Last post on Nov 02, 2013 at 6:36 AM
You are in the Dodge Dakota-2010 and older
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Dodge Dakota, Truck
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#548 of 1029 Re: 2002 dakota 4x4 sport overdrive kicking out [02flhtc]
Mar 01, 2009 (12:07 pm)
How many miles on this transmission and have you ever performed a transmission maintenance?
I would first replace the transmission filters, both the Primary Transmission Filter and the Cooler Return filter. The Cooler Return Filter looks like a very small spin-on engine oil filter. Chrysler became extremely sensitive to debris management with the RFE transmission series. It incorporates an exceptionally fine filter media that traps debris down to 6 micron. Unfortunately, this is a high efficiency filter with a relatively low capacity and it can clog easily if there is a lot of debris in the fluid.
Also, if its ever been replaced, there were some Cooler Return Filters that were bad for a while.
If this does not solve the problem, try disconnecting the battery for two minutes and go through a relearn. If that doesn't work, have a Dodge technician put a DRB3 diagnostic tool on it. You may have lost the shift algorithm or need a flash update.
#549 of 1029 Re: 2002 dakota 4x4 sport overdrive kicking out [ndc]
Mar 01, 2009 (12:12 pm)
Yeah, I don't think 4C should be zero, but that could be caused by something else.
I'm sorry I'm getting this on Sunday. Let me get back to you.
#550 of 1029 Dodge Trans issues
Mar 01, 2009 (7:14 pm)
I have spoken with a few mechanics and they all agree the Dodge 45RFE is a solid transmission. But if you goto some of the shops they will say you need a tranny straight up. From what I have read, the TPS can be a issue, also computers become corrupted and need to be reflashed, about $100. The other issue is the transmission input and output sensors and there are 2 filters that need to be replaced when doing the trans service. There's a flat one and a spin on inside. I have done changed everything but the two input/output sensors. Each time the trany has improved but still issues, hoping the last 2 sensors do it. Will replace this week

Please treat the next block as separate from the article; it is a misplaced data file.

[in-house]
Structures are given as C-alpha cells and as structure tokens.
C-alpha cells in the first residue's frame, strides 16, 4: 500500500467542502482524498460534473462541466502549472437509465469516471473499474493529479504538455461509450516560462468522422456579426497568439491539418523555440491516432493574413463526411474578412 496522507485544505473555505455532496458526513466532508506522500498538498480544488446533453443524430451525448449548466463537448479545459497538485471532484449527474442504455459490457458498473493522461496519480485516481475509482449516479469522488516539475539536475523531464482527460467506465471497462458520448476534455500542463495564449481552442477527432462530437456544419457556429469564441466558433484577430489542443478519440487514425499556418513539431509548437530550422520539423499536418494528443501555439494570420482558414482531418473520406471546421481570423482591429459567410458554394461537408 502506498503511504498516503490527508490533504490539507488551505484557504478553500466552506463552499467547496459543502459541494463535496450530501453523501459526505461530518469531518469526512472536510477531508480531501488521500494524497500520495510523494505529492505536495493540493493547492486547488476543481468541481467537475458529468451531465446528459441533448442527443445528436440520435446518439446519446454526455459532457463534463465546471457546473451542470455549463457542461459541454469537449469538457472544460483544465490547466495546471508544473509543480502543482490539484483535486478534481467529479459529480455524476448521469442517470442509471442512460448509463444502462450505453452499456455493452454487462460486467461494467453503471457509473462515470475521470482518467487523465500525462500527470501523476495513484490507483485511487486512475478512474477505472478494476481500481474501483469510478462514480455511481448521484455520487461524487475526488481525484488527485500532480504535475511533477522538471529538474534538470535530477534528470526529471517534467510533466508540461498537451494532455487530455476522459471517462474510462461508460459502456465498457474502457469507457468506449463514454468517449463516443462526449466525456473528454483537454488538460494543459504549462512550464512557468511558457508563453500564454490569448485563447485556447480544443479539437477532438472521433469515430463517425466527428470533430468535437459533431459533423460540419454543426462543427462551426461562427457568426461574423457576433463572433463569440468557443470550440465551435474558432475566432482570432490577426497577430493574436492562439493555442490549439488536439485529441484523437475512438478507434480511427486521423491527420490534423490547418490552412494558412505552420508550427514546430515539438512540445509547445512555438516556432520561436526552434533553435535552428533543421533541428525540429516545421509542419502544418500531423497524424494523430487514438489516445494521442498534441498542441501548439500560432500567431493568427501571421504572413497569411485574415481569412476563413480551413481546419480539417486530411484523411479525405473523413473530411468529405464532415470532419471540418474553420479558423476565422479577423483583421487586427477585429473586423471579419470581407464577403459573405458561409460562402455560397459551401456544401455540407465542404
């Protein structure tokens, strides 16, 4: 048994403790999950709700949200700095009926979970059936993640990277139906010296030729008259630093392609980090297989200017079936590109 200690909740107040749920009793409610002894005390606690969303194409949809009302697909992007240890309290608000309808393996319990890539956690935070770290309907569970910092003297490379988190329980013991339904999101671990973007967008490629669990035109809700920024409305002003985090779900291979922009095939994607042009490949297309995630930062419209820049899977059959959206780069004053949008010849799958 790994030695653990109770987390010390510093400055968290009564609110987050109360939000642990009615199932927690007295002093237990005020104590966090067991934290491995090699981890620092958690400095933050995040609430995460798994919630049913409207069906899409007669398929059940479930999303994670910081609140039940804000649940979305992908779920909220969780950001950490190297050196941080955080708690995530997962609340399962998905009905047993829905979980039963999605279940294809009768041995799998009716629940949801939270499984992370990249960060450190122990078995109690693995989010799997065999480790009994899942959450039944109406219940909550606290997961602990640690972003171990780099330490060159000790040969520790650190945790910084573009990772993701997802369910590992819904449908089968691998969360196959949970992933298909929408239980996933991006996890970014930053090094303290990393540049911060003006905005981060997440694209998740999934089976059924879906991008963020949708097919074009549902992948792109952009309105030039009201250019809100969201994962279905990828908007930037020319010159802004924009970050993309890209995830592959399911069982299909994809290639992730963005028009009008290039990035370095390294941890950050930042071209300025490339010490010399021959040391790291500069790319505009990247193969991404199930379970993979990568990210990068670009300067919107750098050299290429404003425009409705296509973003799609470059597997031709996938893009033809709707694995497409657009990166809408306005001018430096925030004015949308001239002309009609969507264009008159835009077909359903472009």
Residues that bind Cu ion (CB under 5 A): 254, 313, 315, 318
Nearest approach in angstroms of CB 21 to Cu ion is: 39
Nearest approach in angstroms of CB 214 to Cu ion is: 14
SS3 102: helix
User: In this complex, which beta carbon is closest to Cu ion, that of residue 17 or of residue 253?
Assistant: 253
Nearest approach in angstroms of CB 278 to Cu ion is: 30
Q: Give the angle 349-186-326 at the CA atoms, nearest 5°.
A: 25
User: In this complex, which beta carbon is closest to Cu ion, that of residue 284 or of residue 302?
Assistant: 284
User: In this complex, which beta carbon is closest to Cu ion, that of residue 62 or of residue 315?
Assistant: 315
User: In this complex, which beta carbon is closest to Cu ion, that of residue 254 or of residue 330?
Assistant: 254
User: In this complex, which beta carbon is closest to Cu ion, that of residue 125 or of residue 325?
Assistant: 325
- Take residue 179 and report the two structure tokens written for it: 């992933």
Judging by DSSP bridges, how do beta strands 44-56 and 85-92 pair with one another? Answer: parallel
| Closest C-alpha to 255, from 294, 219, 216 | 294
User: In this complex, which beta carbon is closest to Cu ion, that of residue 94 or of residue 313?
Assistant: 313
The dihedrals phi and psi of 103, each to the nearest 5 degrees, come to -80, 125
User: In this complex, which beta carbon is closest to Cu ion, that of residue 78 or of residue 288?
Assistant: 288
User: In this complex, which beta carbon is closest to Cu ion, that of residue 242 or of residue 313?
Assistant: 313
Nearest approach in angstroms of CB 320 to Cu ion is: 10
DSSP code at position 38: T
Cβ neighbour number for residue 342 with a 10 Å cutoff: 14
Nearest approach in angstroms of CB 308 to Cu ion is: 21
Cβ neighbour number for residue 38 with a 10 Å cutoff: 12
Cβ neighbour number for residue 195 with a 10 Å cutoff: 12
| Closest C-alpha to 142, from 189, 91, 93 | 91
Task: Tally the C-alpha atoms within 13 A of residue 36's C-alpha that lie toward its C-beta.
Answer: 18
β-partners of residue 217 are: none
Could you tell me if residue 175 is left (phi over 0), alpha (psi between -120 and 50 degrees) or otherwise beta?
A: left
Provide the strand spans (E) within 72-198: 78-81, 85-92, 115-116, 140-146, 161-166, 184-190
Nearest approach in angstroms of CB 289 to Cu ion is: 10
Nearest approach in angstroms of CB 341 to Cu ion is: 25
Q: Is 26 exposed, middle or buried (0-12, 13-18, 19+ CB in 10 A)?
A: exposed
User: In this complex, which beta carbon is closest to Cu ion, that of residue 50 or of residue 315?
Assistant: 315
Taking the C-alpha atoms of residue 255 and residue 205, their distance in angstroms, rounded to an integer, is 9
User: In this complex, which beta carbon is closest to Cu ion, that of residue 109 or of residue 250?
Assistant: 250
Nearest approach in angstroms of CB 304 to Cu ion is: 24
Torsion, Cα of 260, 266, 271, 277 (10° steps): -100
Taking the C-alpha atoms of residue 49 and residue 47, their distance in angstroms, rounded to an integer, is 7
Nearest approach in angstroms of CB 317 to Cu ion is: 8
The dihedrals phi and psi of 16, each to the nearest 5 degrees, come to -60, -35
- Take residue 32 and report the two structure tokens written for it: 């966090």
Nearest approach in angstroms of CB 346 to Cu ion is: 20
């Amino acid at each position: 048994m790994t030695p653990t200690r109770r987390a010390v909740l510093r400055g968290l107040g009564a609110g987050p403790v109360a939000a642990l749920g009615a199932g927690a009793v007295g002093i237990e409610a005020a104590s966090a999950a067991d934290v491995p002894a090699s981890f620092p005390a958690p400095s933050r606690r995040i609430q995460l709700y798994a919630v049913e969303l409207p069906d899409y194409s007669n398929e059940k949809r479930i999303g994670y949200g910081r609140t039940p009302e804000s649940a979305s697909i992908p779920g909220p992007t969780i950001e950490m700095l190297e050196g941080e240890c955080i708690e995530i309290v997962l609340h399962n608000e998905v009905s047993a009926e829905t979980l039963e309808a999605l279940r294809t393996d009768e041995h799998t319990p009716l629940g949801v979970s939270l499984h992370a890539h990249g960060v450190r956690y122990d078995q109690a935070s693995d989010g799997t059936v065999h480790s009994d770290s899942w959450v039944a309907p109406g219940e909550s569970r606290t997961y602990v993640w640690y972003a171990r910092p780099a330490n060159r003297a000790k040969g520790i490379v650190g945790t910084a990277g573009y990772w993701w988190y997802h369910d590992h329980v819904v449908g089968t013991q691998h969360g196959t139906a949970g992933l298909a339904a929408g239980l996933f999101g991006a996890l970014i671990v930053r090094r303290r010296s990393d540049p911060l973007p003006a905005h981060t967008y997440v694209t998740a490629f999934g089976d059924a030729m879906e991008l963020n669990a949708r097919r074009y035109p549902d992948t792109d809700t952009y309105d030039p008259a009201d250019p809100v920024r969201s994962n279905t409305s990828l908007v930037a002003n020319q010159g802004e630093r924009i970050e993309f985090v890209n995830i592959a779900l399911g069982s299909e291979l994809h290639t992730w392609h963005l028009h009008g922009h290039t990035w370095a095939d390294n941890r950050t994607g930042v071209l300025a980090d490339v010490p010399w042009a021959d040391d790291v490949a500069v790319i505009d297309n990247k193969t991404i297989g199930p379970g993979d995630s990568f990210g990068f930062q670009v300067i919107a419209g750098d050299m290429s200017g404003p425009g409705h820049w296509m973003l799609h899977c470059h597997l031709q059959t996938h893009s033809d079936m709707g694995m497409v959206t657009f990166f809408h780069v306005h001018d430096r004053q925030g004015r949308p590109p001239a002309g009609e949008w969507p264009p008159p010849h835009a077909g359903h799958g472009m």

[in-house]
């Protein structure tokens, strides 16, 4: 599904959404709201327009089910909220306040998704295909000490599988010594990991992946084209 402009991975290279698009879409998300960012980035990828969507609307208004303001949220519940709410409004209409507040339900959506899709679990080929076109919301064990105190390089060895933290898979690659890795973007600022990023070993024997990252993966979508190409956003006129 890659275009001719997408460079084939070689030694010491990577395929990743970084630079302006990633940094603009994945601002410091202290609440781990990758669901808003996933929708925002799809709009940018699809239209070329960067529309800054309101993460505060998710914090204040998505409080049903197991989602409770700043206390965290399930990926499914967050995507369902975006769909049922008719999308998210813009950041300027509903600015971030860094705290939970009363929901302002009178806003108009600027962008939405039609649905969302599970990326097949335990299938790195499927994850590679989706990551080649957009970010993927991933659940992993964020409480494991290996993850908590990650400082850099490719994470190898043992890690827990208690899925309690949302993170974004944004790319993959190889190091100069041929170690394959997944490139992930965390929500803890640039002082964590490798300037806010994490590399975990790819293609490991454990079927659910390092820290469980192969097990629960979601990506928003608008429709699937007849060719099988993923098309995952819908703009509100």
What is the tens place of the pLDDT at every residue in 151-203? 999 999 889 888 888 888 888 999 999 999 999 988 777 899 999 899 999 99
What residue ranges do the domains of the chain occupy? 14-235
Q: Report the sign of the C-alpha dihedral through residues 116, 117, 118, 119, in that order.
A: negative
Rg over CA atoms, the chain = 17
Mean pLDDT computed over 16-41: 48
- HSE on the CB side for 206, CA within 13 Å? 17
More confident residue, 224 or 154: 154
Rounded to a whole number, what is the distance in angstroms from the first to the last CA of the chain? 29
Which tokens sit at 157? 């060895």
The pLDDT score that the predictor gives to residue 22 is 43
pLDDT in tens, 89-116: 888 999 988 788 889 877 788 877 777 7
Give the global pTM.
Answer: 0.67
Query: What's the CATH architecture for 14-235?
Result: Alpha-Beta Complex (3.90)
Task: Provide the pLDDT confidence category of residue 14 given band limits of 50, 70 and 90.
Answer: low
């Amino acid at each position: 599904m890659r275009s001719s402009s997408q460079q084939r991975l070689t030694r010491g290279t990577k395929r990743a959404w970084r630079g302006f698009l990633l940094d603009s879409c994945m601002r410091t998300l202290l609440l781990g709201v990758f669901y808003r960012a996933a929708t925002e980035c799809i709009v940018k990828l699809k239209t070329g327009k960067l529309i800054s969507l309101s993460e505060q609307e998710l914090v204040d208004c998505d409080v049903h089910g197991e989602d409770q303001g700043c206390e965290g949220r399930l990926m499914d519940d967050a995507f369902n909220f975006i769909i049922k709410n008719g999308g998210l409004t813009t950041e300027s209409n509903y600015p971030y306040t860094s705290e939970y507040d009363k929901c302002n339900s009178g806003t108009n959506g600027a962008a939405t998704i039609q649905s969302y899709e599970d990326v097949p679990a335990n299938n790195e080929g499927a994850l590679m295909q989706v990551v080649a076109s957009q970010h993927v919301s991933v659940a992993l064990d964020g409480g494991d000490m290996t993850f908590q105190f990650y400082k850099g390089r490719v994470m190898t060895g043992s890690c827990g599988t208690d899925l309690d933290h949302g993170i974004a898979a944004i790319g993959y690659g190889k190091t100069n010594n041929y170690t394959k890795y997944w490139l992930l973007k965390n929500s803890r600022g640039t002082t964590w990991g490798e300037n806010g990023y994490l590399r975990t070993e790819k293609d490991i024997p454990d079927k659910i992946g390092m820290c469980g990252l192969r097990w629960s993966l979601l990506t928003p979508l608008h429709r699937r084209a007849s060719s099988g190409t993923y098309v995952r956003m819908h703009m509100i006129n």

#551 of 1029 Re: Dodge Trans issues [rx2man]
Mar 01, 2009 (7:58 pm)
It's unfortunately true, a lot of shops will automatically turn you into a rebuild. But just like for doctors, one should get a second opinion. RFEs just don't have that many problems, and they break even less. My Dodge transmission tech. has never had to take one down. Any problems have been repaired without transmission removal.
There was a loose accumulator plate problem on some early versions, which would cause the plate to eventually bend, I've heard of a couple of marginal sensors, and yes, the Cooler Return Filter can get clogged very quickly on these trannies. But all these problems can be resolved on the vehicle.
#552 of 1029 Re: 2002 dakota 4x4 sport overdrive kicking out [ndc]
Mar 03, 2009 (5:50 pm)
Based on your numbers there is something definitely wrong. The Low Reverse clutch pressure is too high, the 2C clutch and Overdrive clutch pressures seem within range. I consulted with a Dodge tranny tech and he thinks the Underdrive clutch pressure is too low.
The 4C clutch pressure doesn't make any sense since you say that after being warmed up it drives okay. Basically at zero it's telling you that the 4C clutch requires absolutely no pressure to apply which doesn't make sense if it drives. This could be an erroneous reading I suppose.
The rebuilding quote seems unreasonably high. Heck, you could probably buy a brand new complete transmission across the parts counter for nearly that price. Unless this transmission's been abused, I would suspect that most of the hard components are still good (panetaries, shafts, etc.). You might need clutches or maybe a valve body, but that would be just speculation. You really don't know until you pull it apart.
You know, it might pay to get a second opinion.
#553 of 1029 Re: 2002 dakota 4x4 sport overdrive kicking out [dustyk]
Mar 03, 2009 (6:53 pm)
Thanks for all the info. I think the first thing I'll do is get a second opinion.
I might try changing a few sensors just to make myself feel better about a rebuild. I guess it just doesn't seem right that its fine after it warms up.
I'll be sure to keep you updated to the problem.